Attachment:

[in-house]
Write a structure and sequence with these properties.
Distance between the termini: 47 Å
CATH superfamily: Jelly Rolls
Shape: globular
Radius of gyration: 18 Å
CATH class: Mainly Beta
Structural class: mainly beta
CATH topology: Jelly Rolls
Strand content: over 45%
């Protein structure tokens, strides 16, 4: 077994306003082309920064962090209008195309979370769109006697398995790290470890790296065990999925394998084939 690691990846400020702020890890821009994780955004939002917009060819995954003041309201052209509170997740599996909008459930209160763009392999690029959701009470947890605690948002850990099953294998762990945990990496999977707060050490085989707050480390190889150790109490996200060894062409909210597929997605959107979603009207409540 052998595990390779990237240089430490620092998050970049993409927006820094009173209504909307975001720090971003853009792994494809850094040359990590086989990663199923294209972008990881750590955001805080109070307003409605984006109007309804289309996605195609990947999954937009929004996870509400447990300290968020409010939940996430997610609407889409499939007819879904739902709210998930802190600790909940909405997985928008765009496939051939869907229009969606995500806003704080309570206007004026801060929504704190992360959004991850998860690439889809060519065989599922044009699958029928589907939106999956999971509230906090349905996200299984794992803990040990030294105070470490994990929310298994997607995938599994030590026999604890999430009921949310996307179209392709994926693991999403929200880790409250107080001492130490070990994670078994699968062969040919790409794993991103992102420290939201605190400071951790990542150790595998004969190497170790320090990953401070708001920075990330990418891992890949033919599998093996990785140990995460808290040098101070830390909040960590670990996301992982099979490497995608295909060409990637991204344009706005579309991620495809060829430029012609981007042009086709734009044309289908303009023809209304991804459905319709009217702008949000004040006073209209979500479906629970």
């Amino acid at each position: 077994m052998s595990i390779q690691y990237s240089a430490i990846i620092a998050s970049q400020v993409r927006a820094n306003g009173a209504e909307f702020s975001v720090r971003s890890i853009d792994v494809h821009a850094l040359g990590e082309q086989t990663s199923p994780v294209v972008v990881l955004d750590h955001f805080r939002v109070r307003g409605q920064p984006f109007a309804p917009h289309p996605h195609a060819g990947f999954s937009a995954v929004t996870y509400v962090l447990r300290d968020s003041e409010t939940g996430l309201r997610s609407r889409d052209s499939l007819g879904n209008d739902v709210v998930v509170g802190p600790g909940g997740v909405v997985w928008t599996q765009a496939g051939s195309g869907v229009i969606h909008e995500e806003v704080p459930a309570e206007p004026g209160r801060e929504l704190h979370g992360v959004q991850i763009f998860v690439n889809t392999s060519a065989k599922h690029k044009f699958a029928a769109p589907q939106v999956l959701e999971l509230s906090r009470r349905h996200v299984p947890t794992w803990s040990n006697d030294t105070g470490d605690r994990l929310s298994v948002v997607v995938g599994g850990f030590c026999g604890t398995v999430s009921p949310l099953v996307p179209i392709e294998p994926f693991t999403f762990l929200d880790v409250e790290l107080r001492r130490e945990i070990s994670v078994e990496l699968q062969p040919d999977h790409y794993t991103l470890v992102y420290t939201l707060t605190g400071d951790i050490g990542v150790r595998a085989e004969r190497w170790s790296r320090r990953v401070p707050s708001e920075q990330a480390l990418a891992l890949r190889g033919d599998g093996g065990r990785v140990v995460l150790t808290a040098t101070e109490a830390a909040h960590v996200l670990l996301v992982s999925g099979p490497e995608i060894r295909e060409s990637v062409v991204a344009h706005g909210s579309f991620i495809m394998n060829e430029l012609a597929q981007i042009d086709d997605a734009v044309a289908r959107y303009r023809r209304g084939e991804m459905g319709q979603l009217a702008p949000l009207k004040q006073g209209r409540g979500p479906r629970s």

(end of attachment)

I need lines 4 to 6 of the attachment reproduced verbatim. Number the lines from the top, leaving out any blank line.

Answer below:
CATH superfamily: Jelly Rolls
Shape: globular
Radius of gyration: 18 Å